blood pressure

Common Blood Pressure Drugs Raise Risk of Lung Cancer

In All Health Watch, Big Pharma, Blood Pressure, Featured Article, Heart and Cardiovascular by INH Research0 Comments

Millions of Americans take angiotensin-converting enzyme (ACE) inhibitors to lower their blood pressure.

The drugs include Lotensin (benazepril), Vasotec (enalapril), Prinivil (lisinopril), Altace (ramipril), and Aceon (perindopril).

They work by causing the muscles around blood vessels to relax. This allows them to open wider, reducing hypertension.1

But a new study shows that these medications raise the risk of one of the most feared and deadly diseases in America by nearly a third.

The research was published in the medical journal BMJ. Scientists reviewed data on nearly 1 million patients. All of them had started taking blood pressure meds between 1995 and 2015. Initially, none had cancer. After six years, 8,000 developed lung cancer.2

After taking other factors into account such as smoking, weight, and drinking, the scientists found that taking an ACE inhibitor raised the lung cancer risk by 14%. That was after 5 years. Those who took the drugs for 10 years had a 31% increase.

The scientists suspect that ACE inhibitors ramp up levels of bradykinin and substance P. These chemicals are linked to lung cancer.

If that sounds scary, it is. Even when caught early, only about half of lung cancer patients survive for five years. If the cancer has spread beyond the lungs, the survival rate is 5%.3

5 Natural Alternatives for Lowering Blood Pressure

If you are on an ACE inhibitor, talk to your doctor about taking another medication. And try one or more of these natural blood pressure remedies. You may be able to reduce or even eliminate the hypertension drugs you are taking.

  1. CoQ10. It’s a naturally occurring enzyme. It contains antioxidants that lower blood pressure. CoQ10 has no known side effects. The Mayo Clinic recommends up to 360 mg daily. It takes about eight to 12 weeks to see a fall in blood pressure.
  2. Vitamin D. A study published in The Lancet Diabetes & Endocrinology found that the sunshine vitamin reduces blood pressure. And a study at Augusta University in Georgia found that people taking 4,000 IUs of vitamin D daily reduced their arterial stiffness by over 10% within 16 weeks.
  3. Hibiscus Tea. In a study at Tufts University, participants who drank three cups of a hibiscus tea daily lowered systolic (the upper number) blood pressure by 7 points. That is on par with the effect of prescription medications. The researchers say phytochemicals in hibiscus are responsible. Look for tea blends that list hibiscus near the top of ingredients.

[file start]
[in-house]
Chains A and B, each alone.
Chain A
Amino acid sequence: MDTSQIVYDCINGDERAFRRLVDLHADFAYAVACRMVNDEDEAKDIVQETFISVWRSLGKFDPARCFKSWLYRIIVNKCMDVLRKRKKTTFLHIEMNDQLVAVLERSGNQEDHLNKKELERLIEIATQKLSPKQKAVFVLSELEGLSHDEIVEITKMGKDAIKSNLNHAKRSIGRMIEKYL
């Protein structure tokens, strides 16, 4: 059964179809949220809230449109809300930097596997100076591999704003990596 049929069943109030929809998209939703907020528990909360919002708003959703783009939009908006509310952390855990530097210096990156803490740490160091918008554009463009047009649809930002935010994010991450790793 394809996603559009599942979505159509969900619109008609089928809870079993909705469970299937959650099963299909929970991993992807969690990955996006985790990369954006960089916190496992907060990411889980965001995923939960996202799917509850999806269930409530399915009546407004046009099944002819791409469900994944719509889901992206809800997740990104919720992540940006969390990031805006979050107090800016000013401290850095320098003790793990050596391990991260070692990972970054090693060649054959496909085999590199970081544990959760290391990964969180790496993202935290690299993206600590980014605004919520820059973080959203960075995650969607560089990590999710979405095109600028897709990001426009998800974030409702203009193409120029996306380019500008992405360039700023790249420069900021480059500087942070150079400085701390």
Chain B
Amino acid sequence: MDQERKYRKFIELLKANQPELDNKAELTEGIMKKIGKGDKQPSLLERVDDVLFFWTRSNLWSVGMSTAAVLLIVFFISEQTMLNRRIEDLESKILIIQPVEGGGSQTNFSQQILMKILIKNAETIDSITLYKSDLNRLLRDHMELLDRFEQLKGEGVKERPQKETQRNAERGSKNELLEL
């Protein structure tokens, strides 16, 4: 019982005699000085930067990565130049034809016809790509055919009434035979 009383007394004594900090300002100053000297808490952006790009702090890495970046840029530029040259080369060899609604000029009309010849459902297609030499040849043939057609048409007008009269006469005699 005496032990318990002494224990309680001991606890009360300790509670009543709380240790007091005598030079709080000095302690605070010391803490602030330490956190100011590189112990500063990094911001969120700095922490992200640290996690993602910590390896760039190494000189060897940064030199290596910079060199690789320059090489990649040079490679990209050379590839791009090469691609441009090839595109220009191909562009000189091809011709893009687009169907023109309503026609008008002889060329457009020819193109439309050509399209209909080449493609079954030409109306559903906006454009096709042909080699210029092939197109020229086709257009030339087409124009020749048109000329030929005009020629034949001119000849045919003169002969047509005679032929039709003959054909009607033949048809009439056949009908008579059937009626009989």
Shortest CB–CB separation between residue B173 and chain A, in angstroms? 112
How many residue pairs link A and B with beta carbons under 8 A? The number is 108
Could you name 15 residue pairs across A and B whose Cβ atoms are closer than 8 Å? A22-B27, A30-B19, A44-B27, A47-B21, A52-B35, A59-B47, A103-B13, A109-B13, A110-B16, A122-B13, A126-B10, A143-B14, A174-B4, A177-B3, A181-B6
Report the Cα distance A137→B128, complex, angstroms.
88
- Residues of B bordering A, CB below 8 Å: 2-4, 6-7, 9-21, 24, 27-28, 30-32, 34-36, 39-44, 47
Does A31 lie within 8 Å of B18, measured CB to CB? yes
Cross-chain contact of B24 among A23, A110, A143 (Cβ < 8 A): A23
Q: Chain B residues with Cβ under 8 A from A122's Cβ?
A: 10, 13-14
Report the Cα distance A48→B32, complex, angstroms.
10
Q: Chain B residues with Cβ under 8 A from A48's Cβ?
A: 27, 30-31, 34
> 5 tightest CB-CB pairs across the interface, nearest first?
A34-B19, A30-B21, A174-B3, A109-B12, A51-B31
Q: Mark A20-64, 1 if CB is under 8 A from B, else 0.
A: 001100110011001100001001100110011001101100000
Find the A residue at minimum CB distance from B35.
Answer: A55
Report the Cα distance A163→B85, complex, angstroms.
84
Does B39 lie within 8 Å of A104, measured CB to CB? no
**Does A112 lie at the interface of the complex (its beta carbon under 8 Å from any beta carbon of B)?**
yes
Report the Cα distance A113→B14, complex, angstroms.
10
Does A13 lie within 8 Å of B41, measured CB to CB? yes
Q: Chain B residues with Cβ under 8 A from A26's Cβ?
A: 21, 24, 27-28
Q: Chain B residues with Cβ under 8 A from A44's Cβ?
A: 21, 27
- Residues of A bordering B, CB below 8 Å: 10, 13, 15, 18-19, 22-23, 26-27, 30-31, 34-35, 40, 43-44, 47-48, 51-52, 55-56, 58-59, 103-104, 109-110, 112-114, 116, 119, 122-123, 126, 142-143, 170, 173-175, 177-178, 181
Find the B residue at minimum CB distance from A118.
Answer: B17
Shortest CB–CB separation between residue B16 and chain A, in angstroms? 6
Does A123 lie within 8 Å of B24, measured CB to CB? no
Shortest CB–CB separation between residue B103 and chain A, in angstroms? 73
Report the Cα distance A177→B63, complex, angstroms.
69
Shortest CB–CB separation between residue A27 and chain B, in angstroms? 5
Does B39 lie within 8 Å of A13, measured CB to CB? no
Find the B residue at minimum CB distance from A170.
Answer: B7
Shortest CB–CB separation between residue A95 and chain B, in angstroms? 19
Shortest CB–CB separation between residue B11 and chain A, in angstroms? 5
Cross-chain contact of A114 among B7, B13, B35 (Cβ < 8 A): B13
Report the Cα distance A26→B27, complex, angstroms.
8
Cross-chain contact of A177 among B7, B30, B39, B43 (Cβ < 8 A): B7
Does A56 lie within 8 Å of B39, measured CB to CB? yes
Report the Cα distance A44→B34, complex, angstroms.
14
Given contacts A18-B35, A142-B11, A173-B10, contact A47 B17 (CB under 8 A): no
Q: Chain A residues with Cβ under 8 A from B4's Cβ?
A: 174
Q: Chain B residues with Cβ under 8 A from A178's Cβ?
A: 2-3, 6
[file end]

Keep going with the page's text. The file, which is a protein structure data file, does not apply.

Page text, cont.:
4. Dark Chocolate. A Harvard study found that eating a small square of dark chocolate daily helps lower blood pressure. The flavonoids in chocolate cause blood vessels to open wider. Make sure you stick to dark chocolate with at least 60% cacao content.
  5. Flaxseed. This might be the king of natural blood pressure solutions. Canadian researchers found that subjects who ate 30 grams of flaxseed a day for six months lowered their systolic readings by 15 points on average. Their diastolic readings dropped by 7 points. The researchers found that flaxseed’s high alpha-linolenic acid content caused the drop.

Add flaxseed to a salad, smoothie, or protein shake. Make sure you grind up the seeds. If you don’t, your body won’t absorb the nutrients. A coffee grinder or blender works well.

Editor’s Note:  Something strange was happening to pilots training to fly F-16 fighter jets.

The ones who went into the program with elevated blood pressure were coming out a few weeks later with normal, healthy readings. They hadn’t taken any medications. Their diets hadn’t changed. They hadn’t made any changes to their exercise regimens.

Go HERE to discover their secret. And how you could lower your blood pressure up to 15 points from your living room using this same trick.

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References:
1 https://www.medicinenet.com/ace_inhibitors/article.htm#what_are_ace_inhibitors_and_how_do_they_work_mechanism_of_action

2 https://consumer.healthday.com/cancer-information-5/lung-cancer-news-100/lung-cancer-risk-tied-to-common-blood-pressure-drug-738929.html
3 https://www.lung.org/lung-health-and-diseases/lung-disease-lookup/lung-cancer/resource-library/lung-cancer-fact-sheet.html

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